The US Navy just turned the future guns of its new Ford-class supercarriers on a drone in a landmark live-fire test
US Department of Defense
- Raytheon and the US Navy tested an integrated combat system for the aircraft carrier USS Gerald R. Ford for the first time recently.
- During the test, the Ship Self Defense System detected and tracked a drone. It then eliminated the target drone with an Evolved Sea Sparrow Missile.
- The test was a big step forward for the new class of aircraft carriers, which have faced a number of development setbacks.
The US Navy, together with Raytheon, recently put the combat system developed to defend the new Ford-class supercarriers to the test against an unmanned aerial vehicle off the coast of California, Raytheon announced Tuesday.
The target drone was eliminated by Raytheon's Ship Self Defense System (SSDS) Integrated Combat System, a collection of advanced sensors and missiles. The system detected and tracked the target and then fired an Evolved Sea Sparrow Missile (ESSM), taking out the simulated threat.
The integrated combat system had Rolling Airframe Missile ready as well, but it was unnecessary since the ESSM was able to get the job done.
The self-defense system, which is designed to protect Navy carriers and amphibious assault ships by tracking and intercepting incoming threats, was tested on a test vessel, not the USS Gerald R. Ford. Nonetheless, the test appears to be a step forward for the embattled $13 billion supercarriers.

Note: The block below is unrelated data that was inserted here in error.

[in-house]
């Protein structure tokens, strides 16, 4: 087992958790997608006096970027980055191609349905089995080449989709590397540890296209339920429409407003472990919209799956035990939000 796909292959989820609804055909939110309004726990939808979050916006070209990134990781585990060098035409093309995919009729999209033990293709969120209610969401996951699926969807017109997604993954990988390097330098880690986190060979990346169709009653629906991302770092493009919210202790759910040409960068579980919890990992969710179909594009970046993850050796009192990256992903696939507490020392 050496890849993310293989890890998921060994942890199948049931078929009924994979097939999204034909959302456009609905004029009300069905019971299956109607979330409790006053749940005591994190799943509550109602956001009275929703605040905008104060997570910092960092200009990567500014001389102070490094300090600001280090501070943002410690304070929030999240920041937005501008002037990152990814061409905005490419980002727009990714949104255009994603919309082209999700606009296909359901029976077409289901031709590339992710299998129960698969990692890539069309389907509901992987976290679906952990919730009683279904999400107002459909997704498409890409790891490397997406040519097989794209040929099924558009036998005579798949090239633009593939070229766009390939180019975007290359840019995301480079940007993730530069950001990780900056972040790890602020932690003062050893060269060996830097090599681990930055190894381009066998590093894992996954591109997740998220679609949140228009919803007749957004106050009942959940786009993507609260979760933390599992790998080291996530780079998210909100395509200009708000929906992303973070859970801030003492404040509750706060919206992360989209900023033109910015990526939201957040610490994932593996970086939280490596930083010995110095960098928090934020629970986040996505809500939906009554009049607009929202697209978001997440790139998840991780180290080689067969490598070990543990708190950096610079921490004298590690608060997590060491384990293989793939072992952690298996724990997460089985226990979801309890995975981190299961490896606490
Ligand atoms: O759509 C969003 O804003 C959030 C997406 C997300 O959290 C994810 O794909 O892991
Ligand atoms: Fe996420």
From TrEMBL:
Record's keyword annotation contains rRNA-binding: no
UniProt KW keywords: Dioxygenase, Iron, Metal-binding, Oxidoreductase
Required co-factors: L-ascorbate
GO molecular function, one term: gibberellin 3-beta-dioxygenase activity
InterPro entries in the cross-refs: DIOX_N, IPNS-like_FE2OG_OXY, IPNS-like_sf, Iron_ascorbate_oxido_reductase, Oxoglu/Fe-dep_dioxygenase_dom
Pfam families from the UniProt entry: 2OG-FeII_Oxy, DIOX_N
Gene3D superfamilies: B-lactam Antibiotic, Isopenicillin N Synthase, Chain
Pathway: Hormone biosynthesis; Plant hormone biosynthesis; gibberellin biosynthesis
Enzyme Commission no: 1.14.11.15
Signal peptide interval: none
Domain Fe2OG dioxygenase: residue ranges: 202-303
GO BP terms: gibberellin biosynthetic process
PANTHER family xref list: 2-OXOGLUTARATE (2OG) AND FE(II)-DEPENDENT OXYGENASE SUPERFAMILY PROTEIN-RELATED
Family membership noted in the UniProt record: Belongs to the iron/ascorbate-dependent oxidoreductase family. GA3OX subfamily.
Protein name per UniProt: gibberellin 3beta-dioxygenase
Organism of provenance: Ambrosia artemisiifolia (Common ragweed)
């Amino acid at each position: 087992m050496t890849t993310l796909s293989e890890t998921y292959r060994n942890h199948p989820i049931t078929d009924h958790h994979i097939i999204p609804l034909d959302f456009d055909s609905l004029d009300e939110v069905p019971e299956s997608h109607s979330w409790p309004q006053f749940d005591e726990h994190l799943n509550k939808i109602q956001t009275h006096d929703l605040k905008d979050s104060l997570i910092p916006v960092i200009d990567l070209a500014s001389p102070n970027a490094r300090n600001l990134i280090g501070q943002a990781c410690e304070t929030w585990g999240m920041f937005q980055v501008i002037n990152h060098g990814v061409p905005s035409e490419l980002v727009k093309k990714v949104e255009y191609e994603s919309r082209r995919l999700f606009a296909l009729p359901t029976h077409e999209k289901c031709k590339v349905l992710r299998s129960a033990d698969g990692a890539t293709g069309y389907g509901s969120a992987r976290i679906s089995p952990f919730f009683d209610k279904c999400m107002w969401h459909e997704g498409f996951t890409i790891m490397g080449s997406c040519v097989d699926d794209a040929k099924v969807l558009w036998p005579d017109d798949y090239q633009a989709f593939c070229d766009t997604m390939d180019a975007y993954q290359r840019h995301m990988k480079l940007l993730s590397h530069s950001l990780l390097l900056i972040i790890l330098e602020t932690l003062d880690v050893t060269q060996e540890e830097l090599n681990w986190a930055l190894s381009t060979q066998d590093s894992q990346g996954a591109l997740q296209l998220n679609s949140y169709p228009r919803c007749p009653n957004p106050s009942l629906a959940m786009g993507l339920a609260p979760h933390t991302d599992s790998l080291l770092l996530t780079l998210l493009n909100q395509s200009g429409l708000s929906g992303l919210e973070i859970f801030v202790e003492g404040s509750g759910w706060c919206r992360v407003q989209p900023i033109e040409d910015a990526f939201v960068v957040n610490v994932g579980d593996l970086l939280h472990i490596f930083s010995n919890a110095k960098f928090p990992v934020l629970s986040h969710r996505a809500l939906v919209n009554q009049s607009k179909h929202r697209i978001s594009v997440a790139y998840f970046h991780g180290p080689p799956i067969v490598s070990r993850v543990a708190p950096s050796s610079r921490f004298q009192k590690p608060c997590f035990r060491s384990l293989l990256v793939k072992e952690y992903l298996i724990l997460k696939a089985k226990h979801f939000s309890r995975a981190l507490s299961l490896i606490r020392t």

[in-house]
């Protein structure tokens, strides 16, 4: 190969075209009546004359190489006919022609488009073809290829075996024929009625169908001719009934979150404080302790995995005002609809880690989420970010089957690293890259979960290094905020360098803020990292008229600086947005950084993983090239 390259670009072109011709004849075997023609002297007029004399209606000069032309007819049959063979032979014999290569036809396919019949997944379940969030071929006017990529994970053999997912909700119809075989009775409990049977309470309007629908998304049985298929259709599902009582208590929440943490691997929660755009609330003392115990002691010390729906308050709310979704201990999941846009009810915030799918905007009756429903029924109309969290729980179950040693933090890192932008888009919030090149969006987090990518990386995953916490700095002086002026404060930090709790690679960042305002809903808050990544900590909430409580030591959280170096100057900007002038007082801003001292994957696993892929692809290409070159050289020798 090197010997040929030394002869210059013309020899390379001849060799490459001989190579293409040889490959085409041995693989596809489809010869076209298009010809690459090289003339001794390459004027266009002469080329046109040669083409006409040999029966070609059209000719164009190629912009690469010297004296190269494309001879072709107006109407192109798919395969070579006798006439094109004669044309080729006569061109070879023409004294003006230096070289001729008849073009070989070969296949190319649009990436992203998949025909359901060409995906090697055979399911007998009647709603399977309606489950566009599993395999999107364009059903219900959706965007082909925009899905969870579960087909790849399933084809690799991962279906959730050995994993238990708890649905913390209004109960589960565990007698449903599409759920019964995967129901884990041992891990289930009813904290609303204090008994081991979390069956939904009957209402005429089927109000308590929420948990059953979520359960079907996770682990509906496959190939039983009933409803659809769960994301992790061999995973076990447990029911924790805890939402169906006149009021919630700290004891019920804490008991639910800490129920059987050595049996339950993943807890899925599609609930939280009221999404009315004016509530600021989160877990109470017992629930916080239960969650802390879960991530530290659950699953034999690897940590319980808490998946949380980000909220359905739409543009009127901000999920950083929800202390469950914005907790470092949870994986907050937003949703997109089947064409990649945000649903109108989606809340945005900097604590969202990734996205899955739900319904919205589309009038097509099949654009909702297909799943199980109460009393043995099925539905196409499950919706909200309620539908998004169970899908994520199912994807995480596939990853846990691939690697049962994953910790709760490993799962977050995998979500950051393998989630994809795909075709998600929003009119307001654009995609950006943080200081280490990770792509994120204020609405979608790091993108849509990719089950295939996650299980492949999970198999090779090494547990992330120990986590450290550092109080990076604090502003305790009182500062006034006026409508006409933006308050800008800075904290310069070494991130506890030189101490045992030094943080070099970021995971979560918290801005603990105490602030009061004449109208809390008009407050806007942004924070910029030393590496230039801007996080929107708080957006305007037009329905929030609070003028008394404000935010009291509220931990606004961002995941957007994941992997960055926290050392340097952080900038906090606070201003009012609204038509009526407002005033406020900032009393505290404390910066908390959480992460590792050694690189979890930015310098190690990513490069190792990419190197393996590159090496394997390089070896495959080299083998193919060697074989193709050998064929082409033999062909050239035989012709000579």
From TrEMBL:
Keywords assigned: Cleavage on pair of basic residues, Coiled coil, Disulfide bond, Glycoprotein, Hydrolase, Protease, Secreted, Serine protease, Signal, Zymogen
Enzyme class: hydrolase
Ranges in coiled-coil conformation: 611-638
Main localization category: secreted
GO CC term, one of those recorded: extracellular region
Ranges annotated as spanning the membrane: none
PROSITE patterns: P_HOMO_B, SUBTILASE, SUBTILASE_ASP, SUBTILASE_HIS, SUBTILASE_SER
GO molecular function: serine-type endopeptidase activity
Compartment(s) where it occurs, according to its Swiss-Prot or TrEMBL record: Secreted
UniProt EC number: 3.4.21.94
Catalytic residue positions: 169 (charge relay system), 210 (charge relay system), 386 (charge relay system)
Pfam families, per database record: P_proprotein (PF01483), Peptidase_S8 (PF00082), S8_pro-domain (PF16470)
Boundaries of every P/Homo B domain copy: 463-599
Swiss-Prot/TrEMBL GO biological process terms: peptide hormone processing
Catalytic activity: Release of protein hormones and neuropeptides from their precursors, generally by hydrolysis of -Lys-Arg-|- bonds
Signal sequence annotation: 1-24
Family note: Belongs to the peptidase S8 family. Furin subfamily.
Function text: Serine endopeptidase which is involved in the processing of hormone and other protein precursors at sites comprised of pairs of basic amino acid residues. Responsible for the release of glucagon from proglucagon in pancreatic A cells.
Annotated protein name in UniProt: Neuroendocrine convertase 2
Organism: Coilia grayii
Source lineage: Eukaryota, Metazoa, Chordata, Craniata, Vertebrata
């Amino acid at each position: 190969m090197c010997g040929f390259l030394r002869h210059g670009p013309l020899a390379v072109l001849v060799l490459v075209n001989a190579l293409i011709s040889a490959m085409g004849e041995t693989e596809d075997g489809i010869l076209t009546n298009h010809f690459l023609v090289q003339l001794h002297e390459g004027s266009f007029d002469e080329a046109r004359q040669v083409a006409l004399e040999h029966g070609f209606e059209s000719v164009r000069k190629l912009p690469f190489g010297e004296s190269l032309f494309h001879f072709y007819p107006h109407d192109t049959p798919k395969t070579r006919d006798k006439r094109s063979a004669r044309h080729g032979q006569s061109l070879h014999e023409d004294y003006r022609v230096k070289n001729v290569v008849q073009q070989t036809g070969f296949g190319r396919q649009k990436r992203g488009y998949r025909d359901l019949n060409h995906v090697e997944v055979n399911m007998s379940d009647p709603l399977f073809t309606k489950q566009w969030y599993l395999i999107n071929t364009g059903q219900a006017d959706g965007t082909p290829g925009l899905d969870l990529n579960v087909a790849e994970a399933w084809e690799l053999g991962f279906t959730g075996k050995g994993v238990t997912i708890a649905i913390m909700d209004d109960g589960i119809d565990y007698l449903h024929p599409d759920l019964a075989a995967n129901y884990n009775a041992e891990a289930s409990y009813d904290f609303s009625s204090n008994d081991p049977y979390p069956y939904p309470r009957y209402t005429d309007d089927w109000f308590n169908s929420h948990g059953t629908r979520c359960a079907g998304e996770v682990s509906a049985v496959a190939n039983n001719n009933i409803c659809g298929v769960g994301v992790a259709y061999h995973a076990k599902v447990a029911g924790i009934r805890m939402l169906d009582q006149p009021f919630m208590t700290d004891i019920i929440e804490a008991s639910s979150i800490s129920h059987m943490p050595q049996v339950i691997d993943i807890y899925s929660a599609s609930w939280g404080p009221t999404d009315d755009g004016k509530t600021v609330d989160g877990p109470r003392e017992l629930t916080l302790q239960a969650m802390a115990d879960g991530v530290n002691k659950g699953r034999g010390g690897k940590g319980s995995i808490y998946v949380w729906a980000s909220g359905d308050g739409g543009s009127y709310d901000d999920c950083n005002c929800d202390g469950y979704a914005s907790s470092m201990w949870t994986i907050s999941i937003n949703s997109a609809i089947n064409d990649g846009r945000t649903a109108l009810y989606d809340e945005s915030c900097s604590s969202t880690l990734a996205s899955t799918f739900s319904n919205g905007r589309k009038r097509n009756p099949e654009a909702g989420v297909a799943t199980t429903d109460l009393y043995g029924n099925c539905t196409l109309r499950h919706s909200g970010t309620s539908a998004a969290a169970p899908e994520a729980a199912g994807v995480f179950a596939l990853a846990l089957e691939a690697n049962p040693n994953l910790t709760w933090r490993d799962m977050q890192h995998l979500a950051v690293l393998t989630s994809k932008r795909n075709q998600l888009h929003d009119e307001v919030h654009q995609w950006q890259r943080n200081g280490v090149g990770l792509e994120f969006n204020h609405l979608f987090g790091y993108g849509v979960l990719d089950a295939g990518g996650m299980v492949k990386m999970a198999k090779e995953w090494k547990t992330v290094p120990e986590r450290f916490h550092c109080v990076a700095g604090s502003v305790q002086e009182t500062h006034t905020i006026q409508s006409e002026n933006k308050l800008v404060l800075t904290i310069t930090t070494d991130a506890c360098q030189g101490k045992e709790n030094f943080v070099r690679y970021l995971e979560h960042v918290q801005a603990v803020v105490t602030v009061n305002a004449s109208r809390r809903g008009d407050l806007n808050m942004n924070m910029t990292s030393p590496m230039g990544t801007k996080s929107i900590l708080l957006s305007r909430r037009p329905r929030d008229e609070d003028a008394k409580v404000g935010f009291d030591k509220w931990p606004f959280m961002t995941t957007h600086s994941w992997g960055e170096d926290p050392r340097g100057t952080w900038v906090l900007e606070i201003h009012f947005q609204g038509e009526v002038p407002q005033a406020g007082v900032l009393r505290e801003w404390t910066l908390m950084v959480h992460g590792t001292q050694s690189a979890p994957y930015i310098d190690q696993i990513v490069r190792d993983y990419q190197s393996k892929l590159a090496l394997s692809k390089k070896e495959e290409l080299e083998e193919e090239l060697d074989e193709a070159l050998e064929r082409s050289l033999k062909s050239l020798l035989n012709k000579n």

"The design of our Ship Self Defense System enabled seamless integration of the sensors and missiles with the CVN 78 combat system during this first-of-its-kind test, proving the ability of the system to defend our sailors," Mike Fabel, Raytheon's SSDS program manager, said in a statement.
"This integrated combat system success brings Ford [herself] one step closer to operational testing and deployment."
The USS Gerald R. Ford, the first of the Navy's new class of carriers, has faced criticism as it continues to encounter expensive problems, from the ship's electromagnetic catapults to the weapons elevators, which the Navy secretary staked his job on fixing.
More testing of the weapon system is scheduled to be carried out this year, and the Ford is expected to be deployed in 2022.
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